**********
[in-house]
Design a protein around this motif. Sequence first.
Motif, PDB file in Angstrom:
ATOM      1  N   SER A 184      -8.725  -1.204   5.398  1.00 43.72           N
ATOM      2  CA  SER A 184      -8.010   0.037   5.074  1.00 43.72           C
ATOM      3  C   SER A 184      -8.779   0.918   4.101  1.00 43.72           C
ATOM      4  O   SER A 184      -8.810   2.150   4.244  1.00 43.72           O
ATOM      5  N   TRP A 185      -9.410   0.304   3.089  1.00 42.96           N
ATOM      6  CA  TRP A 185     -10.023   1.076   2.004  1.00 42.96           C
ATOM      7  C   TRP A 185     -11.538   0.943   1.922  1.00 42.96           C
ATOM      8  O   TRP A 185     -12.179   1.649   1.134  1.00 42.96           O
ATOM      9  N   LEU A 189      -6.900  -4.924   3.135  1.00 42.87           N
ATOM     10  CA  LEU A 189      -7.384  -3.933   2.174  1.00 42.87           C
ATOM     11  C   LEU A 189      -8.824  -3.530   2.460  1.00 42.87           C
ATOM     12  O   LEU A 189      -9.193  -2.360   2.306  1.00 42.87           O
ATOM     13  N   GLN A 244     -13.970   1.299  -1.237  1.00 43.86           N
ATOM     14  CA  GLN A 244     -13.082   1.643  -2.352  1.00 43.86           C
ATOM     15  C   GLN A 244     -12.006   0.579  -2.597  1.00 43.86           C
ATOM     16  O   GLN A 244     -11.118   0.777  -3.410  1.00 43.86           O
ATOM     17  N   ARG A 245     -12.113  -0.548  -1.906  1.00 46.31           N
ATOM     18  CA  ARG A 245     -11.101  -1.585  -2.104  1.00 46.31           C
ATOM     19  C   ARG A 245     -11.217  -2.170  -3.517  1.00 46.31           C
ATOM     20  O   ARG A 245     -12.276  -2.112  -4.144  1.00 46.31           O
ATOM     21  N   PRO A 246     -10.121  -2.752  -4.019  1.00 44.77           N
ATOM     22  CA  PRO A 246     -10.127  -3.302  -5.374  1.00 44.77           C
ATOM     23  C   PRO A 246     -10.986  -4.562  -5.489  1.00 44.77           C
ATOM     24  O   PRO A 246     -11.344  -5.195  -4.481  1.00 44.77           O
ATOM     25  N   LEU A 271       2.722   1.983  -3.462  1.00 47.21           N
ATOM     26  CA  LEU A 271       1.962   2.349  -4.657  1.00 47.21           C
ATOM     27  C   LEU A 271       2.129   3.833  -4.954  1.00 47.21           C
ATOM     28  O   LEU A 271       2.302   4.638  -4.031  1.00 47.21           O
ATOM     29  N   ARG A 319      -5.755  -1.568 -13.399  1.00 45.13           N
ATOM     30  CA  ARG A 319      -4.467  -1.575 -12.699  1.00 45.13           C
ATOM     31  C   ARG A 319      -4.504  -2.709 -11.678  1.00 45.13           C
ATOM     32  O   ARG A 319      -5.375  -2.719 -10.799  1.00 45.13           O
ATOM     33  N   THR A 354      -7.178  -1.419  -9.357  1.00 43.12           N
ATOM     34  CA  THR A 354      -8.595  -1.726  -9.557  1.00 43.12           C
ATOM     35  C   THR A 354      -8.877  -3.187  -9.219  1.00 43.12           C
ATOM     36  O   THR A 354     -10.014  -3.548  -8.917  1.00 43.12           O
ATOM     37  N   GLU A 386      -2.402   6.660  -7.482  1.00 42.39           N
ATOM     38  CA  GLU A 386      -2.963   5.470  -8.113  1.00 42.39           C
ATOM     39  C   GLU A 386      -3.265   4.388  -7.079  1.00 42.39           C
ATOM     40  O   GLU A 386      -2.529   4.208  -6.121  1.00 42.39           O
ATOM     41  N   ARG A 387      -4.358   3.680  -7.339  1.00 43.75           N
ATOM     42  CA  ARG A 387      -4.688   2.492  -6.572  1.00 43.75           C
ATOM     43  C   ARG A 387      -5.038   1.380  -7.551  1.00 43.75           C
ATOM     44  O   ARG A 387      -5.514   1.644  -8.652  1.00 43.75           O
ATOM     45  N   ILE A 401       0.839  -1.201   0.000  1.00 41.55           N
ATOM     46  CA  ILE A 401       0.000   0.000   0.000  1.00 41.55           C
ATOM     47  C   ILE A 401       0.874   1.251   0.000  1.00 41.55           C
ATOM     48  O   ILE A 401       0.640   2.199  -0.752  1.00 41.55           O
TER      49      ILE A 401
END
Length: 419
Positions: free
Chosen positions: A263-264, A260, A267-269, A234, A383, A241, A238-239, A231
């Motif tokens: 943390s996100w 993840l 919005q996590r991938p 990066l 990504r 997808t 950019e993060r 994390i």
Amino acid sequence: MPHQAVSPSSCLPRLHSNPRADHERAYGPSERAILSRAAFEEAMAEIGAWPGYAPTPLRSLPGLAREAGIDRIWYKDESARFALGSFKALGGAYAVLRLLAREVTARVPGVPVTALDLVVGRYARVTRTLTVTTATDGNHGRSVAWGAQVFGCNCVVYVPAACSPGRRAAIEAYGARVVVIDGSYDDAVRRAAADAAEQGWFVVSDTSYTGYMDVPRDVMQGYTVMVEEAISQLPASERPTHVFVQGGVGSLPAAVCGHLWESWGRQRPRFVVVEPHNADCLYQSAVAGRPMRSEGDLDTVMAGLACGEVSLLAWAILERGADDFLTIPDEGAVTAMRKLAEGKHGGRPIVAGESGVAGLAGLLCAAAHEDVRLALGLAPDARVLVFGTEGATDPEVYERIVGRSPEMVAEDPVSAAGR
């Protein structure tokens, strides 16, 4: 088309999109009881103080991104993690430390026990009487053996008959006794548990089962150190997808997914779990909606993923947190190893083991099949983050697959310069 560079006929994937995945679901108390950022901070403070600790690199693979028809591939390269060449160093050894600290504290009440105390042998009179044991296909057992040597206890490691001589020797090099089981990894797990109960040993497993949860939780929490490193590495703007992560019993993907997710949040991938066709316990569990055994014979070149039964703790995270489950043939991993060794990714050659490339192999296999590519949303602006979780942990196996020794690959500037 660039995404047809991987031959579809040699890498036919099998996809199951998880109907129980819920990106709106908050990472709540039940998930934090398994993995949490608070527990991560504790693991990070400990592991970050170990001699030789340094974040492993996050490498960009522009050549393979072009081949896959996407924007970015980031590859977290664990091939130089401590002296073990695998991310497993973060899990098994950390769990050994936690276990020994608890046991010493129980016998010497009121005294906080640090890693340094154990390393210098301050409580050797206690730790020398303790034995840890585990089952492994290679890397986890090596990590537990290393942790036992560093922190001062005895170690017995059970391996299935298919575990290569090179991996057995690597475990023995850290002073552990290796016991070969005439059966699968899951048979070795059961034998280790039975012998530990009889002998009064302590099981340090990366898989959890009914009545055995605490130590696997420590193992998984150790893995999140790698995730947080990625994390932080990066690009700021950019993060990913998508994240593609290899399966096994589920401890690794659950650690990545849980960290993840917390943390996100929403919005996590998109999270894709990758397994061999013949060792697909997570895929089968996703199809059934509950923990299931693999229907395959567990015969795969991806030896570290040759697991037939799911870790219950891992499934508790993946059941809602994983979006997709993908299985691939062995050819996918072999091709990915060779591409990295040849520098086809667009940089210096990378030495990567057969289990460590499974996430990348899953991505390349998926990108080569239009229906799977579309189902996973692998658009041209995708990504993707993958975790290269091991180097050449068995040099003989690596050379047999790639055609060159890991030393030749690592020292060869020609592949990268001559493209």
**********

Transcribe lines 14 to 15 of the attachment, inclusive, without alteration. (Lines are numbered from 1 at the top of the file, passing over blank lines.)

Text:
ATOM     11  C   LEU A 189      -8.824  -3.530   2.460  1.00 42.87           C
ATOM     12  O   LEU A 189      -9.193  -2.360   2.306  1.00 42.87           O